In order to compare the Sunni and Shiite perspectives it is essential to take a brief look into the past and understand their origin:
From an external point of view the difference between the two schools stem from the issue of successor-ship to the Prophet (SAWW) and the leader of the community after his death.
These differences started right at the time of the Prophet’s (SAWW) departure from this world. A small group believed that the true successor to the Prophet’s legacy must only be from his (SAWW) family, and backed Ali , whom they believed to have been designated by the Prophet (SAWW) himself. The famous saying “I am from Ali and Ali is from me” according to Shia’ doctrine is the logic behind this political and theological belief. That and of course the Prophet’s great attachment and fondness for Ali, and the numerous instances and incidences of Ali’s wisdom and valour. This group came to be called ‘shia’ meaning partisans of Ali.
While the majority on the basis of consensus of opinion opted for the leadership of AbuBakr. To them successor ship was not an issue of Wilayat . At the time of the Prophet’s demise consensus of opinion settled for Abu Bakr Siddiq; the “Second of the First in the cave”. His life was replete with Prophet’s admiration and his own sacrifices in the initial stage of Islamic history. This group came to be known as ‘ahle sunnah wal jamma’ meaning the people of traditions and consensus of opinion.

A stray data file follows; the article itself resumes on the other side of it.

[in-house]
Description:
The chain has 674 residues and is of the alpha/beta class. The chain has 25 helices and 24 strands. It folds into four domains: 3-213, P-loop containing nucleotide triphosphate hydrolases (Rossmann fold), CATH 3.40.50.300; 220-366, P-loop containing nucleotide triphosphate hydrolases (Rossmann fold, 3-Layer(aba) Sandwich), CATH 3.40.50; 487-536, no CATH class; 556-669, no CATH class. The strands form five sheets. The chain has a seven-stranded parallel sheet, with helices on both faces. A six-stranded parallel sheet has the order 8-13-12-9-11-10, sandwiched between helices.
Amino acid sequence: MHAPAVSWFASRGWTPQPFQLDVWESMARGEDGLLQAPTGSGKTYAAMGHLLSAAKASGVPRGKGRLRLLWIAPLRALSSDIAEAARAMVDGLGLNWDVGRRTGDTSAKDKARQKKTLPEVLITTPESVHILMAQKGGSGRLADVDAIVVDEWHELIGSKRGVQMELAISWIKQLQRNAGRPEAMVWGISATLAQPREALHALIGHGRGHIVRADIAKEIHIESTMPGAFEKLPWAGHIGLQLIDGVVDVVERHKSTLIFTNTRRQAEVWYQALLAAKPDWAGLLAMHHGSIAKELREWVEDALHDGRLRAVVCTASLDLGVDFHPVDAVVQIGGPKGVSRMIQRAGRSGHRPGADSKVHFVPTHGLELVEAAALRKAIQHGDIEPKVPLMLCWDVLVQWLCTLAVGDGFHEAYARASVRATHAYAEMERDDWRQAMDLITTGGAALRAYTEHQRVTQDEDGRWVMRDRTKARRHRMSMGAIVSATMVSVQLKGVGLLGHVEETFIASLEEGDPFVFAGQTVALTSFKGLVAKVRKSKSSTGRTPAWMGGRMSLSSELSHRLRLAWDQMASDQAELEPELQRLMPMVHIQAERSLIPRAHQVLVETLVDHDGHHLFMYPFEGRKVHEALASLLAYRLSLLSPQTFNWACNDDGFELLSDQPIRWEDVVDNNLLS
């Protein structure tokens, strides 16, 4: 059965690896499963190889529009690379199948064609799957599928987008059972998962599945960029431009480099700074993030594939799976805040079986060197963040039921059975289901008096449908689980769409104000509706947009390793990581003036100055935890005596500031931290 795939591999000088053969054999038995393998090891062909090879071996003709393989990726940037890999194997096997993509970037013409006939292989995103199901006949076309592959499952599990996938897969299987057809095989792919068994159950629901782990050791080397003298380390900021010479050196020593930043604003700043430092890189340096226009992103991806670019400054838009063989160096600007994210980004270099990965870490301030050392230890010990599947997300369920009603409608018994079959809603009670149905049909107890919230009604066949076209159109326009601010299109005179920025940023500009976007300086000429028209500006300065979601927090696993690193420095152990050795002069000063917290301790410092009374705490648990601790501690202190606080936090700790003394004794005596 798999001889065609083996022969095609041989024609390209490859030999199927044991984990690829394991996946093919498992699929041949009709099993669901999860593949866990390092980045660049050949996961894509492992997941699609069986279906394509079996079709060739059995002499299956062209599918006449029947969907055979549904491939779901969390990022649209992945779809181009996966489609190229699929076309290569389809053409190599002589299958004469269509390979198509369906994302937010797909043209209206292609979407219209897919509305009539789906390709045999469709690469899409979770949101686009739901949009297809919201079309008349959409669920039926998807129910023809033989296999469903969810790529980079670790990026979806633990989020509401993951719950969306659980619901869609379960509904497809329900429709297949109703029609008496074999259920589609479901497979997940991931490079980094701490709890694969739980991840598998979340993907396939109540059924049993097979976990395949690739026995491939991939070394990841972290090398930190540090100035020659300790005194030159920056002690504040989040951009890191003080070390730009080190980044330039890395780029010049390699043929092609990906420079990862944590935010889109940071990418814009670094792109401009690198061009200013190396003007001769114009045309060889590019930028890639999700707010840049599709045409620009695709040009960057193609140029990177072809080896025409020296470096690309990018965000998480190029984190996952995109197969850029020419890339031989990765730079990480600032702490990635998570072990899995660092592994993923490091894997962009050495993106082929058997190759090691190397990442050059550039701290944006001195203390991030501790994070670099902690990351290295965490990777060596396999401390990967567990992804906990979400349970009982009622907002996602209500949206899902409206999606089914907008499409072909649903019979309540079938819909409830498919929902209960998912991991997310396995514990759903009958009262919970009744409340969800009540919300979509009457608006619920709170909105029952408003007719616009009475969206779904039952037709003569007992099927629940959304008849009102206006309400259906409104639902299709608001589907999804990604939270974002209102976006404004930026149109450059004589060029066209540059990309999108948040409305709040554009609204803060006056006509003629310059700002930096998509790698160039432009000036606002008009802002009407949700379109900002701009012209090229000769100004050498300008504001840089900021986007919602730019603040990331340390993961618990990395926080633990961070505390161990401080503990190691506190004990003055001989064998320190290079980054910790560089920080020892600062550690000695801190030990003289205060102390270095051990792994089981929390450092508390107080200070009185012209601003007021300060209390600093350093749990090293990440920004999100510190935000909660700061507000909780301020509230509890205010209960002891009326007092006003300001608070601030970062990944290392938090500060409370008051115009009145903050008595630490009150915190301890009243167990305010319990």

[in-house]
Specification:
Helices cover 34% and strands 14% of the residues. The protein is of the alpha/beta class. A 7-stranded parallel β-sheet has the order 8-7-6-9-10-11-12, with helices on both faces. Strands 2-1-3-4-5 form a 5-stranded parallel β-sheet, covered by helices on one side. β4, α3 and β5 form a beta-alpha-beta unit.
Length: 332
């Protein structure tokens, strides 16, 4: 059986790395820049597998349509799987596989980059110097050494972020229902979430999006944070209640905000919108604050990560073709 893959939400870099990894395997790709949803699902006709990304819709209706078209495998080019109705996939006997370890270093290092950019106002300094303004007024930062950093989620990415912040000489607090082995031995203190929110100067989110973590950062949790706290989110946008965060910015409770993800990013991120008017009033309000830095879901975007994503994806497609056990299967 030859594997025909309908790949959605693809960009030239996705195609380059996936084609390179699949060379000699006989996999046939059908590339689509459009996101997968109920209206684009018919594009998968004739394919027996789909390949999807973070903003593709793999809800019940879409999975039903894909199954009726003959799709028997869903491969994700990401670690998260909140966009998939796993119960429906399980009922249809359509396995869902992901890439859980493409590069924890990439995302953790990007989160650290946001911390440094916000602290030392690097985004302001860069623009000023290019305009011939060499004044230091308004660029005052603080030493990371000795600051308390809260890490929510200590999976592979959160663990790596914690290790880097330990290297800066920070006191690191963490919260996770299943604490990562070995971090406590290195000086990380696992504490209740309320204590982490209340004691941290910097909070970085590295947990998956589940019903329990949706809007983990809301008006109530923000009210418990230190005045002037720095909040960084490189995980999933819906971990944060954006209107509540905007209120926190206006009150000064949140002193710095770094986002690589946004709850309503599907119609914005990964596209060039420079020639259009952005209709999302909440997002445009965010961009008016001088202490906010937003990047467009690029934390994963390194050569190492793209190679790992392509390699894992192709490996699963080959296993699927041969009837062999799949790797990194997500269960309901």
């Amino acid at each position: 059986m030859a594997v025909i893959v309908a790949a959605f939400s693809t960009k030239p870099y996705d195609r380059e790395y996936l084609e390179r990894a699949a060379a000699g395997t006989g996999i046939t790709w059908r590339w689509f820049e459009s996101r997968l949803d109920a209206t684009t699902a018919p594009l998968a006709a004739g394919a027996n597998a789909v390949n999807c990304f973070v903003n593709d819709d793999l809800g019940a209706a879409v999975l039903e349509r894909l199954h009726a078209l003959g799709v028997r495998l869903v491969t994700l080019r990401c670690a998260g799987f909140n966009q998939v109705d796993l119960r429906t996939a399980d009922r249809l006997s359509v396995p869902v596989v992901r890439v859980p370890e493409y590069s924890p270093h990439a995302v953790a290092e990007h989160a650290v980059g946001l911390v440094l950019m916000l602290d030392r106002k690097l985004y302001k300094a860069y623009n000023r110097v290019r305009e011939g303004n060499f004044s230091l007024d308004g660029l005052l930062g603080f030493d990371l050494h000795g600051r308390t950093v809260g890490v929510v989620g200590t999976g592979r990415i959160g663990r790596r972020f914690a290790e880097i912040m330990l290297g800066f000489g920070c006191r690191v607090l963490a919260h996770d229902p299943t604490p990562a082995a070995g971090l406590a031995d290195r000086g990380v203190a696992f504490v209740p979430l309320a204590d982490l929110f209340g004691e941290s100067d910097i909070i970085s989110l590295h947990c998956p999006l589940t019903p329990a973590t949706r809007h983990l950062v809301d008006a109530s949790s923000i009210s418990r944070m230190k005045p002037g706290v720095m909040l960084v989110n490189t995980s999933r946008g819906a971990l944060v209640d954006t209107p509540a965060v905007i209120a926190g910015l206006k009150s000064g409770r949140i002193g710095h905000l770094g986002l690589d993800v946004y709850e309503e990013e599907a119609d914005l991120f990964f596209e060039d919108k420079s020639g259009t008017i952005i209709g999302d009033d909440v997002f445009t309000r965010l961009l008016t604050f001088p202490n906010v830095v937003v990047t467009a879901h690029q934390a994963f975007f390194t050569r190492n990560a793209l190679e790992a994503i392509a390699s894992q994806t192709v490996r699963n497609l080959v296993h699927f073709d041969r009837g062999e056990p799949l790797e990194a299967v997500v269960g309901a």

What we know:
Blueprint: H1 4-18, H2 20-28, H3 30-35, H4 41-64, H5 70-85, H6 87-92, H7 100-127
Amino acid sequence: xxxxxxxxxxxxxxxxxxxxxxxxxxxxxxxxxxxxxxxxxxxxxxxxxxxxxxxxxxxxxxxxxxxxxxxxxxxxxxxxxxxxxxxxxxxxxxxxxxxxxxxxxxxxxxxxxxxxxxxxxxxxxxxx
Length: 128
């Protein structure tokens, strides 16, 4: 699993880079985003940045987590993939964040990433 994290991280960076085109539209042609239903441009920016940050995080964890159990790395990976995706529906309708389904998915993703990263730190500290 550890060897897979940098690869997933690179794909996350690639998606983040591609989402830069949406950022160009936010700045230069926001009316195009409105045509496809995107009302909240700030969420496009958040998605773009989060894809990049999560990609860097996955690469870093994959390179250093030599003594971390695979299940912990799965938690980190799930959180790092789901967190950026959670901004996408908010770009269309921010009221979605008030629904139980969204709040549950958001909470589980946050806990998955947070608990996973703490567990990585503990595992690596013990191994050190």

Nevertheless a decision was taken in history , according to the situation of that time and a government came into establishment according to the principles of an Islamic State. History is witness to the fact that all through out the 30 years of rule by these Rightly Guided Khalifas (Khulafae- Rashideen) Islam thrived in its true vibrancy and in its true meaning. The successors to the seat of Khilafat did complete justice to their positions.(Sura Ibrahim 24-25) and remained true to their mission till the last drop of their blood. Umar’s tenure as leader of the new and budding Ummah proved very successful paving the way for Islamic conquests and expansion, both militarily and socially. The end of Usman’s rule and through out Ali’s stay in office both leaders faced tough decisions and turmoil. Nevertheless Islamic unity and reconciliation remained their prime concerns.
Seest thou not how
God sets forth a parable..?
A goodly Word
Like a goodly tree
Whose root is firmly fixed,
And its branches reach
To the heavens,
It brings forth its fruit
At all times, by the leave
Of its Lord
So God sets forth parables
For men, in order that